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Nat Med. 1998 Jul;4(7):775-80.

T lymphocytes with a normal ADA gene accumulate after transplantation of transduced autologous umbilical cord blood CD34+ cells in ADA-deficient SCID neonates.

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Division of Research Immunology/Bone Marrow Transplantation, Children's Hospital, Los Angeles, California 90027, USA.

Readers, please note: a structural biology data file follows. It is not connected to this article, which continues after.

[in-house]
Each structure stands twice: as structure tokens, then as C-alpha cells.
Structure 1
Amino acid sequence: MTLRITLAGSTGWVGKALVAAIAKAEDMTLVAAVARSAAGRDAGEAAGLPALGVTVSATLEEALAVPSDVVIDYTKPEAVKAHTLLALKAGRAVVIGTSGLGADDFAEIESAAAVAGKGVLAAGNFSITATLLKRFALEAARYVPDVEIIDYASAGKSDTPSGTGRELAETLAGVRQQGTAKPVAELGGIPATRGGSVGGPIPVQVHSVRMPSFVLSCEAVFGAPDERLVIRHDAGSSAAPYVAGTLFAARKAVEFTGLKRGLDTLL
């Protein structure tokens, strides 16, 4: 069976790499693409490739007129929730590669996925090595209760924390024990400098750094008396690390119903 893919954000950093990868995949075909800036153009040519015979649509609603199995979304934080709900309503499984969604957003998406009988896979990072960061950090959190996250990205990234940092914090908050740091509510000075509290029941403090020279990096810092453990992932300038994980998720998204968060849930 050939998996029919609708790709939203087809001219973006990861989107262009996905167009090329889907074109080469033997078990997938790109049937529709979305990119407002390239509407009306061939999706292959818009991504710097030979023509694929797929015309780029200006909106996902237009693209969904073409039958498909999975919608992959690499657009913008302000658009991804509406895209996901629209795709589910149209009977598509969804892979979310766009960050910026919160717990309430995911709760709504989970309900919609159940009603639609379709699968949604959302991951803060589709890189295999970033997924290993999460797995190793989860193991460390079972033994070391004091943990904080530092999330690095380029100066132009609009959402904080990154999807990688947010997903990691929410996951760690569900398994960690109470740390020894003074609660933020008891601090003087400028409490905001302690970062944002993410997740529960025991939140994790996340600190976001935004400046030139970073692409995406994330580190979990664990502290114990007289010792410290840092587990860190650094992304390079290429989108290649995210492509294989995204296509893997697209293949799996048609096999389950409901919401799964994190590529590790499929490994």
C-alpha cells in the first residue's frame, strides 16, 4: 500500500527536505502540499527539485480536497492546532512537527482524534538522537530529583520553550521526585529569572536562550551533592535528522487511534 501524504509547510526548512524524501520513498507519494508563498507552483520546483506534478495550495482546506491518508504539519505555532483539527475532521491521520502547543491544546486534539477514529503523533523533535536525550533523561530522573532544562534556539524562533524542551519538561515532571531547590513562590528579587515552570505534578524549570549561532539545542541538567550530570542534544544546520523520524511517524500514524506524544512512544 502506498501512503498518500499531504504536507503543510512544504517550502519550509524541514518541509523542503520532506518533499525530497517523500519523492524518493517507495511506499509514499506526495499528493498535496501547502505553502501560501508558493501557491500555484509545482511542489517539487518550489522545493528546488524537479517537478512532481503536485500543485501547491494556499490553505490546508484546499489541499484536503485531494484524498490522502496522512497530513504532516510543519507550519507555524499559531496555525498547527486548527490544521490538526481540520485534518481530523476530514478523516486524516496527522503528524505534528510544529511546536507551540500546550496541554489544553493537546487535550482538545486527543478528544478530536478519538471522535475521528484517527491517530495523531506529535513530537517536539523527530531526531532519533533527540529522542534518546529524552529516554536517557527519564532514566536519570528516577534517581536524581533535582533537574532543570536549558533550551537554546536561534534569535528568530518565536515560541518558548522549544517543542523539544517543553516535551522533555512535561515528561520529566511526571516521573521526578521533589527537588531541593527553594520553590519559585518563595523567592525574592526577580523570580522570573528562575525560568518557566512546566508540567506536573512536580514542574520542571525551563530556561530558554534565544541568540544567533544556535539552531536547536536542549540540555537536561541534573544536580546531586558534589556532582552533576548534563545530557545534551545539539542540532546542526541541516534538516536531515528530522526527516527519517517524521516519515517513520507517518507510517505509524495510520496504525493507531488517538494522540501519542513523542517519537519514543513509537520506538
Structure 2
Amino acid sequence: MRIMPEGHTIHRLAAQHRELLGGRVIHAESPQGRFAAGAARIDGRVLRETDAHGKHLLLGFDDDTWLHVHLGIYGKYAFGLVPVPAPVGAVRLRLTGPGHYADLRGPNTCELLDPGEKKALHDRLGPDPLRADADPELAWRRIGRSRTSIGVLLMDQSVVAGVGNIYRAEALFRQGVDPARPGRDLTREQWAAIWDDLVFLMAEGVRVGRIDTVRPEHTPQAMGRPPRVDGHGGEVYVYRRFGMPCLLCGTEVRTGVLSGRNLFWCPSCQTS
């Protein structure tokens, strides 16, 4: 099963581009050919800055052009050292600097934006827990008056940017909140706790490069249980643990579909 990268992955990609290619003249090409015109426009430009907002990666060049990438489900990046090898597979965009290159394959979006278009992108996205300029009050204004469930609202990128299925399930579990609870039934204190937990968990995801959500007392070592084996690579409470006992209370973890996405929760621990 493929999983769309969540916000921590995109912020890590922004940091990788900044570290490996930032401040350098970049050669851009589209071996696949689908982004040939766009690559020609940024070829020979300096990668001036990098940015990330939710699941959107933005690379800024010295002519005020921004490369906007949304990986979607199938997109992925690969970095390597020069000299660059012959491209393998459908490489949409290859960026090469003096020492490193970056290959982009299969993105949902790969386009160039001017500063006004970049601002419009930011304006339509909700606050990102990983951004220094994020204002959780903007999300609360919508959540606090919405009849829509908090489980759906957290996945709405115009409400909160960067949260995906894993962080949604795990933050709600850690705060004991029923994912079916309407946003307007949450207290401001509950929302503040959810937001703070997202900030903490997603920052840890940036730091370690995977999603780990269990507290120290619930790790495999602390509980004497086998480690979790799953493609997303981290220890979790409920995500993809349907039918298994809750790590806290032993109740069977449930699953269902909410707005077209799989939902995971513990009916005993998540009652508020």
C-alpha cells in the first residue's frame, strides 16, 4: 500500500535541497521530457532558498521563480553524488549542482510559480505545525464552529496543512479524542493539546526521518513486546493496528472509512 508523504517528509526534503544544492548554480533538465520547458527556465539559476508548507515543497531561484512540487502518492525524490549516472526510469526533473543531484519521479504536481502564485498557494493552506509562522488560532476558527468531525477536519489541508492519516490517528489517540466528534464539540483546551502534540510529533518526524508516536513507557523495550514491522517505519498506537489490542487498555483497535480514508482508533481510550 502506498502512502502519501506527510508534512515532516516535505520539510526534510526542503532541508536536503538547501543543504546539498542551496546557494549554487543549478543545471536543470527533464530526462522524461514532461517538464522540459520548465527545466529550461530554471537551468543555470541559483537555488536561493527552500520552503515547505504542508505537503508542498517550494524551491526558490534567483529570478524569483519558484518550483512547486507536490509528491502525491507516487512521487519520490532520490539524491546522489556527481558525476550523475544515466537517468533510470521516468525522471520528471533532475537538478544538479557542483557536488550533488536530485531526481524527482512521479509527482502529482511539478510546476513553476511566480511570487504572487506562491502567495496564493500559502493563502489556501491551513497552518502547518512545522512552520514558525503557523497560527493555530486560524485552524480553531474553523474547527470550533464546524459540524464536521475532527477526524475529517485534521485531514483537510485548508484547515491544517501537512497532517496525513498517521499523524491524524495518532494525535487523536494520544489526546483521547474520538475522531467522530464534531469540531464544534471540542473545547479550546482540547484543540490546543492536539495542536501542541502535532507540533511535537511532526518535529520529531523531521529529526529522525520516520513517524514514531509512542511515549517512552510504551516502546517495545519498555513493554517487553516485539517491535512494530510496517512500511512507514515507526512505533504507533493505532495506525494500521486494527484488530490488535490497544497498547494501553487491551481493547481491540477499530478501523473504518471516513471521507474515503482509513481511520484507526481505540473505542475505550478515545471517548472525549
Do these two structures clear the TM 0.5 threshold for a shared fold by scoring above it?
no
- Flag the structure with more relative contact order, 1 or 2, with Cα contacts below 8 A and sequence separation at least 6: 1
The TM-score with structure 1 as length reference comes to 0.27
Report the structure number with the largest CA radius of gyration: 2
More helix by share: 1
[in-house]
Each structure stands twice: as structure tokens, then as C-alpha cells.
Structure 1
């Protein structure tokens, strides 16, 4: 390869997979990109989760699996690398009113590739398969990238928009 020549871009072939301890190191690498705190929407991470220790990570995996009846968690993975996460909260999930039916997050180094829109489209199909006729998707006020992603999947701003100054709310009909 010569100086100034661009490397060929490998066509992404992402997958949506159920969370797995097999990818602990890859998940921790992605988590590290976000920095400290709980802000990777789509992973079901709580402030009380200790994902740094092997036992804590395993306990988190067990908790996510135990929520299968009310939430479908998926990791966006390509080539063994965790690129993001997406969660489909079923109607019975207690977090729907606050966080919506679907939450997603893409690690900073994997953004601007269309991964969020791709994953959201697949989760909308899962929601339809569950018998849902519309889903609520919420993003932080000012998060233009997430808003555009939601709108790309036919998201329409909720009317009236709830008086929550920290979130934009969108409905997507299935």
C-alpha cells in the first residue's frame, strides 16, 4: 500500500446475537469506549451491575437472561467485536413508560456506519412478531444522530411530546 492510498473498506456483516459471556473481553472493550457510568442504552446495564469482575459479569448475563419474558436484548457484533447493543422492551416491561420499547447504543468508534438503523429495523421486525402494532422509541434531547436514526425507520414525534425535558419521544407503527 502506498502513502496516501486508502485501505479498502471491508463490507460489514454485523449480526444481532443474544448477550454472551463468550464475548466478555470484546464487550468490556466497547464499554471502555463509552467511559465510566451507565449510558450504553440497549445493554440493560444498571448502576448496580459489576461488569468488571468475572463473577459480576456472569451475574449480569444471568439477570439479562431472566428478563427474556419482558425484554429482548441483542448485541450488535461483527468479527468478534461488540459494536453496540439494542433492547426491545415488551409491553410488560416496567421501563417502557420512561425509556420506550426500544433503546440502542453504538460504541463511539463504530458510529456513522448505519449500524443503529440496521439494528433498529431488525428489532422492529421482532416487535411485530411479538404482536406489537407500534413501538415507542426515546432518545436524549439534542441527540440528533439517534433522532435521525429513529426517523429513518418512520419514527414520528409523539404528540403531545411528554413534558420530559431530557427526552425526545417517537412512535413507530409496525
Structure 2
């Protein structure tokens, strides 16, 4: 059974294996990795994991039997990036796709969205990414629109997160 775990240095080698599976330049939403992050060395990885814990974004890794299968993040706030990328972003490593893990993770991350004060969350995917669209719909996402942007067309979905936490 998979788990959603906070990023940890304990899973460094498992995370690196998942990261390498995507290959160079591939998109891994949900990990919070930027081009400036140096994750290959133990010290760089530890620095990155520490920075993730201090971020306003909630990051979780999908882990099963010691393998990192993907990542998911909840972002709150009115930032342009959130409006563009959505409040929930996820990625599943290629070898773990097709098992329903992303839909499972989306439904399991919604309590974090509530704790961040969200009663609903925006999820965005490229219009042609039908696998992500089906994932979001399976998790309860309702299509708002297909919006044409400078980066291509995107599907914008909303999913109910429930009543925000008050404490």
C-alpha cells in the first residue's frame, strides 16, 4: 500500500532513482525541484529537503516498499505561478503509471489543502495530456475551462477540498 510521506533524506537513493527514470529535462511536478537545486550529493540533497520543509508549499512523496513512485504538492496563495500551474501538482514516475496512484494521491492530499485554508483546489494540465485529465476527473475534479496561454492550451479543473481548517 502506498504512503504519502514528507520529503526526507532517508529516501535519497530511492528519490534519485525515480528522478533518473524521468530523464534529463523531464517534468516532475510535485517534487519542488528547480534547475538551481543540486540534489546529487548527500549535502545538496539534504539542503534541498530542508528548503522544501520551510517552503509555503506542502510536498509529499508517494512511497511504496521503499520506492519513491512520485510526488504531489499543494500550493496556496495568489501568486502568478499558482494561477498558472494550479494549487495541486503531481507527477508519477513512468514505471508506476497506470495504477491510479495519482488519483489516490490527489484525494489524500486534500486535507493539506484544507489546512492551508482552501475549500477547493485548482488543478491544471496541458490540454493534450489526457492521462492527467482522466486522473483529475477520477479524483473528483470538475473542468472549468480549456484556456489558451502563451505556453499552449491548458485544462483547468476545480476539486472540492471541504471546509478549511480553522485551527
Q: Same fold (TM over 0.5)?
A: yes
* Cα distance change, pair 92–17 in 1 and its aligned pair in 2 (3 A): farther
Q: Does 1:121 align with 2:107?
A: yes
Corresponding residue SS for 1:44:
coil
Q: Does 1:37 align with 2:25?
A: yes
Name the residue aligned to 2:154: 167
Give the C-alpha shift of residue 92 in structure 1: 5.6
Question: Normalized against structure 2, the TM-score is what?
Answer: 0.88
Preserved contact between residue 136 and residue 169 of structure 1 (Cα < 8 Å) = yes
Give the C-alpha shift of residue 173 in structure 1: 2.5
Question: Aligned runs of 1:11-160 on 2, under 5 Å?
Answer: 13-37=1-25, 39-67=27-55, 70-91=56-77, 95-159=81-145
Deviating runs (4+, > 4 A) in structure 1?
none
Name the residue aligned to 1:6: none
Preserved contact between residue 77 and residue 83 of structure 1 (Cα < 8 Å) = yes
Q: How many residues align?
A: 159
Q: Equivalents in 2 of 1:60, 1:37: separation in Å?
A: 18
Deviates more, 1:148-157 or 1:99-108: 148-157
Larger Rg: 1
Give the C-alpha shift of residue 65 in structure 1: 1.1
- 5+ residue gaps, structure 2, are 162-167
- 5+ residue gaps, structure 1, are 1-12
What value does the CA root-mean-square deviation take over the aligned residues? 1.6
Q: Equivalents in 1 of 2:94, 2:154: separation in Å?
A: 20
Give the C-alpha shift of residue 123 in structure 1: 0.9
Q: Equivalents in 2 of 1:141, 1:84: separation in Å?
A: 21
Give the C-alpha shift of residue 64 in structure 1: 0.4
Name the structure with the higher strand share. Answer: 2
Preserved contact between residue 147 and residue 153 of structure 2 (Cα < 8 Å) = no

Adenosine deaminase-deficient severe combined immunodeficiency was the first disease investigated for gene therapy because of a postulated production or survival advantage for gene-corrected T lymphocytes, which may overcome inefficient gene transfer. Four years after three newborns with this disease were given infusions of transduced autologous umbilical cord blood CD34+ cells, the frequency of gene-containing T lymphocytes has risen to 1-10%, whereas the frequencies of other hematopoietic and lymphoid cells containing the gene remain at 0.01-0.1%. Cessation of polyethylene glycol-conjugated adenosine deaminase enzyme replacement in one subject led to a decline in immune function, despite the persistence of gene-containing T lymphocytes. Thus, despite the long-term engraftment of transduced stem cells and selective accumulation of gene-containing T lymphocytes, improved gene transfer and expression will be needed to attain a therapeutic effect.

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